Founding of the APTA

Text from the original charter of the American Paddle Tennis Association. The charter was signed in November 1934.
Text from the original charter of the American Paddle Tennis Association. The charter was signed in November 1934.
APTA Bylaws 1934 APTA Bylaws 1934
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APTA Charter and Bylaw Summary - click to enlarge (Source: Blanchard Scrapbook)

Manursing Island Club of Rye, New York, was an early adopter of the game after a somewhat skeptical committee of two came to Scarsdale to try out the sport at the court on Old Army Road. After trying out the game, the discussion changed from whether to put in a court to how many. They made a decision to install two courts and two additional ones shortly after. Not long after, Manursing member John C. (Jack) Ten Eyck Jr., took the initiative in founding the American Platform Tennis Association (APTA)— first called the American Paddle Tennis Association. Initial members came from Fox Meadow, Manursing and Greenwich Field Clubs.

Source: Adapted from Fessenden S. Blanchard, Platform Paddle Tennis, 1959

In November 1934, Ten Eyck called the inaugural meeting of the APTA in his office in New York City. Representatives of three clubs that had been pioneers in the establishment of platform tennis courts were invited: Fox Meadow Tennis Club of Scarsdale, New York, the Manursing Island Club of Rye, New York, and the Field Club of Greenwich, Connecticut. Warren A. Ransom, and Grenville S. Sewall represented Manursing; Foster M. Hampton represented the Field Club; and Fessenden S. Blanchard represented Fox Meadow. All five signed the original charter.

The charter provided that meetings of member clubs were to be held at least once a year on the last Friday in October. Each installed platform entitled a member to one vote. However, there was a special provision stating that “courts belonging to club members may be considered club courts for voting purposes.” This was suggested because of the fact that in some communities, as in Scarsdale and Greenwich, many privately owned courts had been made available for Association championships and play by club members. At the time the Association was organized, the Fox Meadow Tennis Club and the Field Club at Greenwich each had only two courts compared to six at Manursing Island. However, the total number of platforms belonging to club members in the two former places was relatively large. The Manursing men generously made the proposal for this clause in the interests of fairness.

Source: Adapted from Fessenden S. Blanchard, Paddle Tennis, 1944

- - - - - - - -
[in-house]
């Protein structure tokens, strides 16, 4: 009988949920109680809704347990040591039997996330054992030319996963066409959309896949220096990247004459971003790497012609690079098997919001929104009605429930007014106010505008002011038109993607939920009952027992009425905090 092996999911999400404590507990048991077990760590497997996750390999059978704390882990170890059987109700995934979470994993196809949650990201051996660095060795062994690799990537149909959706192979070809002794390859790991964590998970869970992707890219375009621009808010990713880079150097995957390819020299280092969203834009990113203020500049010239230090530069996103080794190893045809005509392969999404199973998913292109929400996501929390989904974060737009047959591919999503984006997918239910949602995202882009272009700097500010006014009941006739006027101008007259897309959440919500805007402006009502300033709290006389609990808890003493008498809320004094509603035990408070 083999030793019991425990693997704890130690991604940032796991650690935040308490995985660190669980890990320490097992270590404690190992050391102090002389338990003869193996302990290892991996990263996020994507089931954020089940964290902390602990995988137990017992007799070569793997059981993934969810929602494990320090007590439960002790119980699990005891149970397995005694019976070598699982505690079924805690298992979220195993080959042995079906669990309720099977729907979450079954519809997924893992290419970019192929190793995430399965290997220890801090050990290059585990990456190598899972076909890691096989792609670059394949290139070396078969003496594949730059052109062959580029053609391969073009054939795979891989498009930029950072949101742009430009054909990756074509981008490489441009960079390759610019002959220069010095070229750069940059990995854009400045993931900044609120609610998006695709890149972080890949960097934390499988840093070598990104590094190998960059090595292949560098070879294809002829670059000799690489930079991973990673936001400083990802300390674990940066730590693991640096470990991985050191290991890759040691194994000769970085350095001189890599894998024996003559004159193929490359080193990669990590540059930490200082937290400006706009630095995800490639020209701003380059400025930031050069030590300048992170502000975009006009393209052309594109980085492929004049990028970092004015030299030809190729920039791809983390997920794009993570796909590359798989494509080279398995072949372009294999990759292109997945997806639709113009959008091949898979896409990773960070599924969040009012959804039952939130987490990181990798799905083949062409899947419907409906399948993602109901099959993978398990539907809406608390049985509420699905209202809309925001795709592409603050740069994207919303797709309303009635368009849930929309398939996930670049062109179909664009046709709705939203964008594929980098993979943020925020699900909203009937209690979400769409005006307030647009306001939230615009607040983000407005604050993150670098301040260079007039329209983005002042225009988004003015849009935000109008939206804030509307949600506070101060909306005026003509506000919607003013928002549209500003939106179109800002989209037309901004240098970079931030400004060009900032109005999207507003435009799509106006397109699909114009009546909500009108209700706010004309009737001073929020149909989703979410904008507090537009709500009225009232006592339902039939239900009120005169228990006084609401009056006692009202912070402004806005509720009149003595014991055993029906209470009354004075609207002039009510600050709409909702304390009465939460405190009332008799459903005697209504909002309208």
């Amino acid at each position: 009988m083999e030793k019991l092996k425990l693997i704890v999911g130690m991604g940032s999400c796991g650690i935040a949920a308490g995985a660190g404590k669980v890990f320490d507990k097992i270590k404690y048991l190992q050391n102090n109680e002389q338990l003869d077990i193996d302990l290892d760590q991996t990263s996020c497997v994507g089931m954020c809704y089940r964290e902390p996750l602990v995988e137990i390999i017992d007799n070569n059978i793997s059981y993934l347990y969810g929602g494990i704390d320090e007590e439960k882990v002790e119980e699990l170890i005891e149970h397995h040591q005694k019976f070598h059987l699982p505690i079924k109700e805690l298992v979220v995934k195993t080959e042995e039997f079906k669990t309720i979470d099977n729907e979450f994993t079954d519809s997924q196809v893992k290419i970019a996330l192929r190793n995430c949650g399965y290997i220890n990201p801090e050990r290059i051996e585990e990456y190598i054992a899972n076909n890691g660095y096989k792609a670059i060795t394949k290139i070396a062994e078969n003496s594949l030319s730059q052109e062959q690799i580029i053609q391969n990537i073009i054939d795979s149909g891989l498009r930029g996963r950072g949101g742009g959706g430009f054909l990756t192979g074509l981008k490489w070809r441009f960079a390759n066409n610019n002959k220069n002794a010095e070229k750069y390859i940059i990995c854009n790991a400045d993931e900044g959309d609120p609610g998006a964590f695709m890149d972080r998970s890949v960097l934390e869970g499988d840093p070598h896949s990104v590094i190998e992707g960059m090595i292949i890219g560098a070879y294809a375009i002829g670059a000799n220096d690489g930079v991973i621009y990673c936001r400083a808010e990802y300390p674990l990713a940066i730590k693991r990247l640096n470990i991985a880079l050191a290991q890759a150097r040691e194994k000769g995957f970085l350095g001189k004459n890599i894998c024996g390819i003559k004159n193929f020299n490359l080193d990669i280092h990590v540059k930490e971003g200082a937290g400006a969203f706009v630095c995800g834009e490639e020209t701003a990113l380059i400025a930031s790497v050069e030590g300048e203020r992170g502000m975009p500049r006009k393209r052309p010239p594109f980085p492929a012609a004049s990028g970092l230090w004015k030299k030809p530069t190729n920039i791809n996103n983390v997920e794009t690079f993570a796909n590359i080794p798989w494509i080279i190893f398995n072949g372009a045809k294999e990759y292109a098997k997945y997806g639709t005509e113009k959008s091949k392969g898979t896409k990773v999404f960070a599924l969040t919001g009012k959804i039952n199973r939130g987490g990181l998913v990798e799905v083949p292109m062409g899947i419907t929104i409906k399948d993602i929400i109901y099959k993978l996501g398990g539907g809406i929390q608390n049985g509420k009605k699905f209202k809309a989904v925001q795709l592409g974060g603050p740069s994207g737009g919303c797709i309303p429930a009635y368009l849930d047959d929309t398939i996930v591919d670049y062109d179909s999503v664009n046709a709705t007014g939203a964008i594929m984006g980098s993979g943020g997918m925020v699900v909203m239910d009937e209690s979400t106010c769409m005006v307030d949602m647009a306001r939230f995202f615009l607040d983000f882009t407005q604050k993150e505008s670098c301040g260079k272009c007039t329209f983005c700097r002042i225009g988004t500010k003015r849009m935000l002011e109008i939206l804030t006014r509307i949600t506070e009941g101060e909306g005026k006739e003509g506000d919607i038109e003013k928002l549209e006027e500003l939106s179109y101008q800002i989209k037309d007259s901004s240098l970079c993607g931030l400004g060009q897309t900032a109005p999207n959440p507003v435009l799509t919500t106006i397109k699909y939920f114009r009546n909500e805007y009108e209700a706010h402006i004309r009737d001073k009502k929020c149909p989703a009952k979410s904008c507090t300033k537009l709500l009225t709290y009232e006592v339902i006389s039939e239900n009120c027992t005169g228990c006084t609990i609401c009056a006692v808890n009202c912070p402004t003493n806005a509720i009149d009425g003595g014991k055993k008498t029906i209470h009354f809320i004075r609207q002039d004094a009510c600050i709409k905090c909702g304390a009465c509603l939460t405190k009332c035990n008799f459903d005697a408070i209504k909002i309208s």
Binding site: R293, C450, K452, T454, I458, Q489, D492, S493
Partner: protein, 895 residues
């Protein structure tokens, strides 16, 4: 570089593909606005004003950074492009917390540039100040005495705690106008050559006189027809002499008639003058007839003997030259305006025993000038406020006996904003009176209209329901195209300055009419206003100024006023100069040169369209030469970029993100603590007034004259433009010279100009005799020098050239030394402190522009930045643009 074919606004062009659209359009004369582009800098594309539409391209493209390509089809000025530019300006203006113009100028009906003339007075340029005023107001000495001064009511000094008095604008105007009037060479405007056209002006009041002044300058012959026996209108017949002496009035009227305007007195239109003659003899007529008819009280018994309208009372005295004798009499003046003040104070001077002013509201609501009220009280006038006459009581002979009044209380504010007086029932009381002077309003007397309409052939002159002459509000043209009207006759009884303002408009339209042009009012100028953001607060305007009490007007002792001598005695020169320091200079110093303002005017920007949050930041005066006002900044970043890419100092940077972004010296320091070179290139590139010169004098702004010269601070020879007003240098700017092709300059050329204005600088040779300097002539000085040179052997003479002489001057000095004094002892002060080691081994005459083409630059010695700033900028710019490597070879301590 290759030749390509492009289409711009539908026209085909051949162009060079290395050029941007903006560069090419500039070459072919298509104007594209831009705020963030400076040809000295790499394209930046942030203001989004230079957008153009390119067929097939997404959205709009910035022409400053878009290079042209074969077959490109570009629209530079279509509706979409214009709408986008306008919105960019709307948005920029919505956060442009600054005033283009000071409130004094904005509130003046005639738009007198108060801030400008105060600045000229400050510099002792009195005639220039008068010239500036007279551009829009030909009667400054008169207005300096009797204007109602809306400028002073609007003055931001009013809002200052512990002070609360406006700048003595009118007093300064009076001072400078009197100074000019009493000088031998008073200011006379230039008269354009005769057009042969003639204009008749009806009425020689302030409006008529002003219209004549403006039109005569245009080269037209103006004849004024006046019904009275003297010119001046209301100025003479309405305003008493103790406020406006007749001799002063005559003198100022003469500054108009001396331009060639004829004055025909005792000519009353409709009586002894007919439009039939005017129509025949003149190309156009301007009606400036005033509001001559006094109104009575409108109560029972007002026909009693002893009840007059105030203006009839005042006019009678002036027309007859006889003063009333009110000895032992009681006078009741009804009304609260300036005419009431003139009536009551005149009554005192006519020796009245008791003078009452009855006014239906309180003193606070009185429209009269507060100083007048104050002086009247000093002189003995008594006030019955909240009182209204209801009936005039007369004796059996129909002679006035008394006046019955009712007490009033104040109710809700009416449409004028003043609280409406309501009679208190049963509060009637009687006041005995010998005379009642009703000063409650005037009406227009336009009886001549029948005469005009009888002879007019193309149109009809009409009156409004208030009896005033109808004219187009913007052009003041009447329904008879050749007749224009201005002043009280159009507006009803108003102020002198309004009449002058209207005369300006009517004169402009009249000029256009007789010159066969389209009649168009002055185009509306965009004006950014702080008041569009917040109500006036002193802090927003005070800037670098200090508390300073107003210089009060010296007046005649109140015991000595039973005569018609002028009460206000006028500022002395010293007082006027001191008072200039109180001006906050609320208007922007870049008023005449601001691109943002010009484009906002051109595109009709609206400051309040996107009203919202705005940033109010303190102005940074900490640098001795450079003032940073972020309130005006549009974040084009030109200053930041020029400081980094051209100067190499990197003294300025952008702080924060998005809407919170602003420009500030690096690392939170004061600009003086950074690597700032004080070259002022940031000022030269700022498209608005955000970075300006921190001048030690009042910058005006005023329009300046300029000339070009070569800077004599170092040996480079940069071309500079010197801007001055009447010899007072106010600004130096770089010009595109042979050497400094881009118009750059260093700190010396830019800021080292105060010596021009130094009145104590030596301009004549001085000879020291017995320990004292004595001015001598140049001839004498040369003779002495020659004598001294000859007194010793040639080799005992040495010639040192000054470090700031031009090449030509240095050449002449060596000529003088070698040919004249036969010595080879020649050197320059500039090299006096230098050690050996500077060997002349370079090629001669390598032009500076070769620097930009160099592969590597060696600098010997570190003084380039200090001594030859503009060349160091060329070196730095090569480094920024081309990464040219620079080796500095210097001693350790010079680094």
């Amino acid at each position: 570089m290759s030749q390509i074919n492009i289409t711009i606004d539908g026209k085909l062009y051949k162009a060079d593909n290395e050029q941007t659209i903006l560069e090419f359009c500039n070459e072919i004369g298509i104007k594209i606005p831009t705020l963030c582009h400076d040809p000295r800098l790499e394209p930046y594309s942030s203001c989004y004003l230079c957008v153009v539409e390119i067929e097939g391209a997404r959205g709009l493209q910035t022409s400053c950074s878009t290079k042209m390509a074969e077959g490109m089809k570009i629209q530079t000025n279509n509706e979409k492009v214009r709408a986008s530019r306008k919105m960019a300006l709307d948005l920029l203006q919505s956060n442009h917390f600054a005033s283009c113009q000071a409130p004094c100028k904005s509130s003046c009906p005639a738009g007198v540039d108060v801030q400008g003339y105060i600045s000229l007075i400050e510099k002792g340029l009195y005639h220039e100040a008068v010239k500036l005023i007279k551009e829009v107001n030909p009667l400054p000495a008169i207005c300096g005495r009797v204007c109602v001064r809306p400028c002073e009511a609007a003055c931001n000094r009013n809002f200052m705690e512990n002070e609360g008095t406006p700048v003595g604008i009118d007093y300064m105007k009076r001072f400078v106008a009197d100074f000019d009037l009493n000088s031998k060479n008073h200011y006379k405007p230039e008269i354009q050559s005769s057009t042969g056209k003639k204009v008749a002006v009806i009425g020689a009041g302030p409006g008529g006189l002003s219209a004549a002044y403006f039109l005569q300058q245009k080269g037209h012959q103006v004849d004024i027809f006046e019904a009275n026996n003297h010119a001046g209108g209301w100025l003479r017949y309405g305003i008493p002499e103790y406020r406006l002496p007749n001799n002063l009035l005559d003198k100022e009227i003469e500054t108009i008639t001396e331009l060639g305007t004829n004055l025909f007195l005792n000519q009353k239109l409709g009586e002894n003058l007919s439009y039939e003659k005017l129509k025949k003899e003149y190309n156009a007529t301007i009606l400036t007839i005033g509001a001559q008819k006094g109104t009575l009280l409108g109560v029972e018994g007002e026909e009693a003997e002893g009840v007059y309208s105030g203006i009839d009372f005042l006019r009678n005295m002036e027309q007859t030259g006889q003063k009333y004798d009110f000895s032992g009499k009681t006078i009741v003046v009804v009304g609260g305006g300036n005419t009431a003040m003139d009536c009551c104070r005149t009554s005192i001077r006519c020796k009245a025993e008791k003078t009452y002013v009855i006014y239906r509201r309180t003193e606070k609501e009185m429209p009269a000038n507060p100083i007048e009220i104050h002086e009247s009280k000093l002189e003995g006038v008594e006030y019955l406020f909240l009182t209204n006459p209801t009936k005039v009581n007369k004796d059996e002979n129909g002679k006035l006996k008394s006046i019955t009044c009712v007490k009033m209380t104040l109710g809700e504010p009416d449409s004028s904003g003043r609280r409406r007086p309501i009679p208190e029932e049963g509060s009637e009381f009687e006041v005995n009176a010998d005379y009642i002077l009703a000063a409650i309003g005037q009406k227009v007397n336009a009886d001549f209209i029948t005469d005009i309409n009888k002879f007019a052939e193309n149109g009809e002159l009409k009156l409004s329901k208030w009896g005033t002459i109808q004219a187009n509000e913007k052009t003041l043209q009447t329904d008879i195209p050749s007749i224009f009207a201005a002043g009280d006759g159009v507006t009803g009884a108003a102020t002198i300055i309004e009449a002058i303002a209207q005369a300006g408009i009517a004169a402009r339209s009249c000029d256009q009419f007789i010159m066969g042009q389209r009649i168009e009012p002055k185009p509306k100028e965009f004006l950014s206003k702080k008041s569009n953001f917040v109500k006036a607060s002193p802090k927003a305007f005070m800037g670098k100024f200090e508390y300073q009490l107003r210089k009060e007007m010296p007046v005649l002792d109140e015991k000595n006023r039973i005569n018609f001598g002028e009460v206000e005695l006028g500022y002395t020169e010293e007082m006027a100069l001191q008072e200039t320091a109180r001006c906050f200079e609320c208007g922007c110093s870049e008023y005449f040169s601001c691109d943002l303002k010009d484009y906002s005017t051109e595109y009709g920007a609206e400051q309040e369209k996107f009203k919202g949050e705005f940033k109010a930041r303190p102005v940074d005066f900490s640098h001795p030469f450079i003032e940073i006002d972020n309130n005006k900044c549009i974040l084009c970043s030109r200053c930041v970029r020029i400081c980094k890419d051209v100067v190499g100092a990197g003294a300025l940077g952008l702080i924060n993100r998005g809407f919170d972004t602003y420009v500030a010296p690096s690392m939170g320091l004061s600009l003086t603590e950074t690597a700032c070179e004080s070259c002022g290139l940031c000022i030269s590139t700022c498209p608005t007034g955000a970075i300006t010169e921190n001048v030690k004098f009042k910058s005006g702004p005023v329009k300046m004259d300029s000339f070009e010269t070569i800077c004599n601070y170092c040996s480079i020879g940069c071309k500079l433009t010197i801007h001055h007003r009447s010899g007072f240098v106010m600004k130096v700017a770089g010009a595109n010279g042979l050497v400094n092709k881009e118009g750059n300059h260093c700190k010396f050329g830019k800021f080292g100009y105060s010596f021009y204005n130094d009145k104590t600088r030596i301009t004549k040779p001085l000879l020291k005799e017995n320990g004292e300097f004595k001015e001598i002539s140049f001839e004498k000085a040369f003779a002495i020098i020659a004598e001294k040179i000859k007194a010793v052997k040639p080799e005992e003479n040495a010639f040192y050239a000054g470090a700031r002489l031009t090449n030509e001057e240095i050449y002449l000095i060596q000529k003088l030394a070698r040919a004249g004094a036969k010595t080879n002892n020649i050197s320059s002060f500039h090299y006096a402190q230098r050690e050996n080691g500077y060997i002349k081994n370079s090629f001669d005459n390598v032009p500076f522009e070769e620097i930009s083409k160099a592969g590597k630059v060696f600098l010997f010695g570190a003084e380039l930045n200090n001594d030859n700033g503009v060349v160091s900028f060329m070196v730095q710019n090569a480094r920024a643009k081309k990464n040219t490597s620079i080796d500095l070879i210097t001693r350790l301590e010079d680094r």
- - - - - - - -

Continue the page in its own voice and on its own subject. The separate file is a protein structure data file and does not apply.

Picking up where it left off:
Within two years, the original three clubs grew to eight with the addition of Tremont Place Paddle Tennis Club (Orange, New Jersey), Ardsley Country Club (Ardsley-on-Hudson, New York), Bronxville Field Club (Bronxville, New York), American Yacht Club (Rye, New York), and Amackassin Tennis Club (Yonkers, New York).

Source: Fessenden S. Blanchard, Platform Paddle Tennis, 1959

One of the earliest steps to grow the game, was to send a reprint of an article in Squash-Badminton about platform tennis, and an announcement about the formation of the APTA to clubs belonging to the Eastern Lawn Tennis Association

Letters were also sent to forty platform owners asking these five questions:

1.     How can we improve the type of back net to get a larger percentage of accurate bounces off it? [This was sent a short time prior to the development of the Evans backstop on the Cogswell platform.]
2.     Do you favor the present practice of allowing one serve only? [All replies but one favored one serve.]
3.     Are the present court measurements about right? For instance, would a 2.5-foot alley, instead of the present 2 feet, improve the game, without changing the service or singles court? [No change was suggested at the time.]
4.     We are attempting to standardize the height of the net, which is now 3 feet at the posts with no regular height at the center. What do you think of 2’10″ at the center—or do you prefer some other height? Many nets now sag to 2’8″ or 2’9″ at center. [The 2'10" was decided on, with, not over 3'1" at the posts. This still remains the standard.]
5.     Have you any other suggestion of any kind on rules or equipment, or on any other matter?

Source: Fessenden S. Blanchard, Platform Paddle Tennis, 1959